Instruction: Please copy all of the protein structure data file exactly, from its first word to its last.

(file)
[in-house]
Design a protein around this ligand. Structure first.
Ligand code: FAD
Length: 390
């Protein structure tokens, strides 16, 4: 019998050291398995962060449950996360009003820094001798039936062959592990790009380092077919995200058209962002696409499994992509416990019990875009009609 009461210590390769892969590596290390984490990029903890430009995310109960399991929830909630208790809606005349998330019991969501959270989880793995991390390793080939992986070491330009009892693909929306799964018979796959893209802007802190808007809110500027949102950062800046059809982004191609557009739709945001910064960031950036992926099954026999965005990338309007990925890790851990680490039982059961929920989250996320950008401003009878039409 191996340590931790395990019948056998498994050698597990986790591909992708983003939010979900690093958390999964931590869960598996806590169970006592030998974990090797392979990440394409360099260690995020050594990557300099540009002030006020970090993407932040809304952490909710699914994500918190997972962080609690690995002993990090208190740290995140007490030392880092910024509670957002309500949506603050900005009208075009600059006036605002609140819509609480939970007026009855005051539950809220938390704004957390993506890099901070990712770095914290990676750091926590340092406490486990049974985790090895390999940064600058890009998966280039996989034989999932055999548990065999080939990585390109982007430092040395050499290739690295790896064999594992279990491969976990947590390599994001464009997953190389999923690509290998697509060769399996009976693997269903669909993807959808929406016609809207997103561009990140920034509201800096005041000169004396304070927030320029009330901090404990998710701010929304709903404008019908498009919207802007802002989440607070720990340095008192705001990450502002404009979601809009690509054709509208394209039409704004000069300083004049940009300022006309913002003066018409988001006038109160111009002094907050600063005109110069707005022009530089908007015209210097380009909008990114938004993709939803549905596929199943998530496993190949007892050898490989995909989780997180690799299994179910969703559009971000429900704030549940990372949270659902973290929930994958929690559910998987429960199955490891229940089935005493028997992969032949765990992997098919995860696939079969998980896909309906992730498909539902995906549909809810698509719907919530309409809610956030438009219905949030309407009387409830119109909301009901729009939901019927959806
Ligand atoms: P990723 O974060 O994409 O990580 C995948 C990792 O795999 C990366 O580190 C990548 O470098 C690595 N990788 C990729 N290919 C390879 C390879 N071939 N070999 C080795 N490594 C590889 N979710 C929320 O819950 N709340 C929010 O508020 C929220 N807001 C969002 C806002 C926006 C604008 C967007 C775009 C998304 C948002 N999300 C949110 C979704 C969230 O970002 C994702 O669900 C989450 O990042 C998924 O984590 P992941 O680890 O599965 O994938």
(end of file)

[in-house]
Design a protein around this ligand. Structure first.
Ligand code: FAD
Length: 390
């Protein structure tokens, strides 16, 4: 019998050291398995962060449950996360009003820094001798039936062959592990790009380092077919995200058209962002696409499994992509416990019990875009009609 009461210590390769892969590596290390984490990029903890430009995310109960399991929830909630208790809606005349998330019991969501959270989880793995991390390793080939992986070491330009009892693909929306799964018979796959893209802007802190808007809110500027949102950062800046059809982004191609557009739709945001910064960031950036992926099954026999965005990338309007990925890790851990680490039982059961929920989250996320950008401003009878039409 191996340590931790395990019948056998498994050698597990986790591909992708983003939010979900690093958390999964931590869960598996806590169970006592030998974990090797392979990440394409360099260690995020050594990557300099540009002030006020970090993407932040809304952490909710699914994500918190997972962080609690690995002993990090208190740290995140007490030392880092910024509670957002309500949506603050900005009208075009600059006036605002609140819509609480939970007026009855005051539950809220938390704004957390993506890099901070990712770095914290990676750091926590340092406490486990049974985790090895390999940064600058890009998966280039996989034989999932055999548990065999080939990585390109982007430092040395050499290739690295790896064999594992279990491969976990947590390599994001464009997953190389999923690509290998697509060769399996009976693997269903669909993807959808929406016609809207997103561009990140920034509201800096005041000169004396304070927030320029009330901090404990998710701010929304709903404008019908498009919207802007802002989440607070720990340095008192705001990450502002404009979601809009690509054709509208394209039409704004000069300083004049940009300022006309913002003066018409988001006038109160111009002094907050600063005109110069707005022009530089908007015209210097380009909008990114938004993709939803549905596929199943998530496993190949007892050898490989995909989780997180690799299994179910969703559009971000429900704030549940990372949270659902973290929930994958929690559910998987429960199955490891229940089935005493028997992969032949765990992997098919995860696939079969998980896909309906992730498909539902995906549909809810698509719907919530309409809610956030438009219905949030309407009387409830119109909301009901729009939901019927959806
Ligand atoms: P990723 O974060 O994409 O990580 C995948 C990792 O795999 C990366 O580190 C990548 O470098 C690595 N990788 C990729 N290919 C390879 C390879 N071939 N070999 C080795 N490594 C590889 N979710 C929320 O819950 N709340 C929010 O508020 C929220 N807001 C969002 C806002 C926006 C604008 C967007 C775009 C998304 C948002 N999300 C949110 C979704 C969230 O970002 C994702 O669900 C989450 O990042 C998924 O984590 P992941 O680890 O599965 O994938």